Prior to the 2019 presidential election, the consensus among political pundits was that Atiku’s financial war chest might assist him to turn the table against Buhari. But a Kaduna-based politician of the Aminu Kano school of thought sniggered at the idea. He stated: “Walahi, let me tell you, if Aliko Dangote contested the presidential election against Muhammadu Buhari, his money cannot guarantee him victory in the North because the average Northerner see him as a ‘Lagos boy’, ‘a Yoruba boy’ who attends owambe parties. That is exactly how the northern voters, especially those from the core muslim states, regard Atiku too. To the Northerners, Atiku is a ‘Southerner’. The voters here do not care about Atiku’s billion. They believe that if you are rich or poor, it is the will o f Allah.” Hajia Fatima is from the Dala area of Kano. She is not educated in the western style but very articulate, well-informed and politically aware. She spoke through an interpreter: “A Northern child is born and brought up to obey three layers of authorities in life: the traditional ruler, the imam, his koranic teacher; and the political leader. He is conditioned to obey and follow these leaders without hesitation.”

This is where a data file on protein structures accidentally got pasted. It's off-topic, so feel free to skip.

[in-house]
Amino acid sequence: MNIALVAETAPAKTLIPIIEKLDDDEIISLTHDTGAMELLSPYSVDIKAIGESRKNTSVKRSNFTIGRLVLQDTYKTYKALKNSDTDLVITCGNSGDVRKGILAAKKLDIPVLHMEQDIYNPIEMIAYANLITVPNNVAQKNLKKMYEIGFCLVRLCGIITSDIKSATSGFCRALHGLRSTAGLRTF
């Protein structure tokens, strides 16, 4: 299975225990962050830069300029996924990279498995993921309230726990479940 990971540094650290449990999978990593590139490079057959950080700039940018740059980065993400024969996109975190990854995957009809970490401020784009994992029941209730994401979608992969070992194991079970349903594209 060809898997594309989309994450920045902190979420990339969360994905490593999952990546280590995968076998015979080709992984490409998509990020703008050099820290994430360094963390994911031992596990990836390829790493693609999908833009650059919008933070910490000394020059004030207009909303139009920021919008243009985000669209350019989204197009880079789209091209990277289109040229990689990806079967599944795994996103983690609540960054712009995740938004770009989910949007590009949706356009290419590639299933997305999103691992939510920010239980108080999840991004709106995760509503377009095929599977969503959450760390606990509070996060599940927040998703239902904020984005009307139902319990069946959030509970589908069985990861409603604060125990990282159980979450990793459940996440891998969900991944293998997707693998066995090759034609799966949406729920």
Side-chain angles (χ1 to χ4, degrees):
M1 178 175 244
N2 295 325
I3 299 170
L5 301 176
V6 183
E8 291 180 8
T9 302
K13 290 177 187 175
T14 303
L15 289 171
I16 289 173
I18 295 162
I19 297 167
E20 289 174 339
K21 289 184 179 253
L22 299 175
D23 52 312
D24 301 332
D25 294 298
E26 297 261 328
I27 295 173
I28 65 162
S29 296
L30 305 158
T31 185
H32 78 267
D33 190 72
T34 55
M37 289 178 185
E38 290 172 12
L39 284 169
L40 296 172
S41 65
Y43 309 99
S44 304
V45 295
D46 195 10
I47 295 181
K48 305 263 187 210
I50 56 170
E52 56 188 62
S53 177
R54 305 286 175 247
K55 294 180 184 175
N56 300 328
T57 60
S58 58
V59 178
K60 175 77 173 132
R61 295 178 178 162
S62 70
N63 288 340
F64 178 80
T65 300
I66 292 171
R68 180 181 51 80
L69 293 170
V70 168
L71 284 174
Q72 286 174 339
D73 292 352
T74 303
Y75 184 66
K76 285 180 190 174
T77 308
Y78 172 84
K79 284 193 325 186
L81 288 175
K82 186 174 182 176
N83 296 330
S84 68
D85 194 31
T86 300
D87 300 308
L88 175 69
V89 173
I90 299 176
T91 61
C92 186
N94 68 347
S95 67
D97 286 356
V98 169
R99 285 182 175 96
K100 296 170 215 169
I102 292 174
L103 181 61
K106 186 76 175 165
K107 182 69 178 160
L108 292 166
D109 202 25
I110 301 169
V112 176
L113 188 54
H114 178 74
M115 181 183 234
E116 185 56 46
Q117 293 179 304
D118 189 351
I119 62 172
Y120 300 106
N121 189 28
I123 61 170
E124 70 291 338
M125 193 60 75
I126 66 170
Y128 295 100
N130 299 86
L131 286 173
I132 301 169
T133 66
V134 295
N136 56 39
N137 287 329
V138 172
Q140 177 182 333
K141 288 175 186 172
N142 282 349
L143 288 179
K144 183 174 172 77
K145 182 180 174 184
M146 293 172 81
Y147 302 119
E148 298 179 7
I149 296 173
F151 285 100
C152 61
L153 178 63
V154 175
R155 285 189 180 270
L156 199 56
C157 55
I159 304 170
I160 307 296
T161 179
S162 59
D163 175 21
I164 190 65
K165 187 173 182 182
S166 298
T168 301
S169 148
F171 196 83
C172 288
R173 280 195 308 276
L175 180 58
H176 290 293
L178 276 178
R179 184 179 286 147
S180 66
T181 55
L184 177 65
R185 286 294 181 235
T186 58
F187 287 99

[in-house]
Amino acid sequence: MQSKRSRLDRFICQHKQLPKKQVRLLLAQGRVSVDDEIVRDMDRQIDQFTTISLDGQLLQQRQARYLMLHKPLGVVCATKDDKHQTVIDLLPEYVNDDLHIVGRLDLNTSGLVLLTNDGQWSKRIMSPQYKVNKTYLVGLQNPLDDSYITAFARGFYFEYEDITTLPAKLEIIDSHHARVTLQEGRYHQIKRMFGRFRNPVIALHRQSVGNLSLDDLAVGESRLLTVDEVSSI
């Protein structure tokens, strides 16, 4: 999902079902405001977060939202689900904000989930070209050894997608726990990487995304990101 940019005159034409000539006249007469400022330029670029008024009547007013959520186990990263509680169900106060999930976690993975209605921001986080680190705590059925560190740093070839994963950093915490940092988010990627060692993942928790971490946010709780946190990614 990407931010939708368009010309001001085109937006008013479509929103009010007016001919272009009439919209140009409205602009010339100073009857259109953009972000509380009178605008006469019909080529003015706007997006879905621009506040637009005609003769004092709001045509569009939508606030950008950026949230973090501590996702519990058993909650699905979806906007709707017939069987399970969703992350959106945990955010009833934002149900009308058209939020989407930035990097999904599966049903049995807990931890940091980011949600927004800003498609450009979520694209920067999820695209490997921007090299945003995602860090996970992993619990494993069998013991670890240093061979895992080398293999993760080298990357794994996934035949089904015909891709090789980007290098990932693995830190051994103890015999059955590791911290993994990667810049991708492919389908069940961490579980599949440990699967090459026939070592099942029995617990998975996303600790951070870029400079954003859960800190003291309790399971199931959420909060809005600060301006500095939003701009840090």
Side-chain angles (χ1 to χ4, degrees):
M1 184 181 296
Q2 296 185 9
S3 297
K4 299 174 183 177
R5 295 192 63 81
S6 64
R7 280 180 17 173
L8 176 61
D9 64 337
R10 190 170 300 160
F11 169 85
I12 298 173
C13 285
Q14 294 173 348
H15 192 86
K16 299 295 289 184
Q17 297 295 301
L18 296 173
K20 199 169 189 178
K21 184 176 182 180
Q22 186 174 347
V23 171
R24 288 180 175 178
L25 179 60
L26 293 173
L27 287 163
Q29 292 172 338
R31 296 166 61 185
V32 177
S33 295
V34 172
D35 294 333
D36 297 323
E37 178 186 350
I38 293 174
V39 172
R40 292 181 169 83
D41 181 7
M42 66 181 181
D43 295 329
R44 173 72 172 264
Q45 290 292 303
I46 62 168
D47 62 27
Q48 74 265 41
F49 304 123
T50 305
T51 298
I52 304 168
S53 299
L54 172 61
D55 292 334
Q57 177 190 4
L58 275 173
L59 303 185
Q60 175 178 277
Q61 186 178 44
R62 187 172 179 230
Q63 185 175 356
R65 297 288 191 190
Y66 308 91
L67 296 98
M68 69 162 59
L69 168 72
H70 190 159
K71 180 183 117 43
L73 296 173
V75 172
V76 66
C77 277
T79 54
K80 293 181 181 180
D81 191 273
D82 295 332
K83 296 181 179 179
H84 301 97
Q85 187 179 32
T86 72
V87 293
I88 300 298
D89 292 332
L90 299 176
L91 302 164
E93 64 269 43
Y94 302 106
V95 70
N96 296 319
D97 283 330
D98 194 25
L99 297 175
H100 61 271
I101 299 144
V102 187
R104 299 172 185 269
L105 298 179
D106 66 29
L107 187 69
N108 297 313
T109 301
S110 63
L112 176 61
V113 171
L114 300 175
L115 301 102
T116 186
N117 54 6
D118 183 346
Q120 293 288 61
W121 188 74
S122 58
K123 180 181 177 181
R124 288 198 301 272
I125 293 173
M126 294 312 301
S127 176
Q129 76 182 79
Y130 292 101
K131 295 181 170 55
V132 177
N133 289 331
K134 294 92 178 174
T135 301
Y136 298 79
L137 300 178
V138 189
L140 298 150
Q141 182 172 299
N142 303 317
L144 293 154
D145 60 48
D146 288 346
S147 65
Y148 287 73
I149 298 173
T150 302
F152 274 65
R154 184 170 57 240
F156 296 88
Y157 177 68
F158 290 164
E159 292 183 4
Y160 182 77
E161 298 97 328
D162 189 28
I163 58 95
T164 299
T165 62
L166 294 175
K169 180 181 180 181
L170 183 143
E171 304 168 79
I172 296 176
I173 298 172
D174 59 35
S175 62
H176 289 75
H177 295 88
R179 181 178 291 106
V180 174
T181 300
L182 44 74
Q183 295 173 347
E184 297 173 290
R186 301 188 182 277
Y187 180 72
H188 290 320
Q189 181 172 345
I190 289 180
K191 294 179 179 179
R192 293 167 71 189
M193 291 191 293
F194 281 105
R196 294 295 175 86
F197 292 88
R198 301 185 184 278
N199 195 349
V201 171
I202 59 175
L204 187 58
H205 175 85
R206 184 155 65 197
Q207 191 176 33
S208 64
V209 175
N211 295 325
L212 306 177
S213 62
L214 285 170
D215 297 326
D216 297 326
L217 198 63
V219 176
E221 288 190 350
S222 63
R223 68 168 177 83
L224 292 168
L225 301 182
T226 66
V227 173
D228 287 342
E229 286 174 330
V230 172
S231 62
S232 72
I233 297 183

The average Northerner may not be educated in the western style. He is, however, quite knowledgeable and full of native wisdom. He is also very pious and holds his religious conviction very highly. In the area of information, there about 16 foreign Radio stations including BBC, VOA, etc constantly beaming information on virtually every subject under the sun through their Hausa subject to millions of Northern Nigerian listeners on a daily basis. Majority of these listeners are called talakawas and almajiris; they love their leaders, passionately; and they are ready to do anything for them. Buhari was a recent beneficiary of such unflinching support in the 2019 presidential election from his Northern strongholds. By 2022 or thereabouts, the northern political machine will come alive again because it will be time to pick Buhari’s successor. As stated earlier on, the Mafia would encourage a Southerner to pick the APC presidential ticket but when the chips are done, these powerful stakeholders will not support him because they will shift allegiance to the anointed PDP candidate from the North.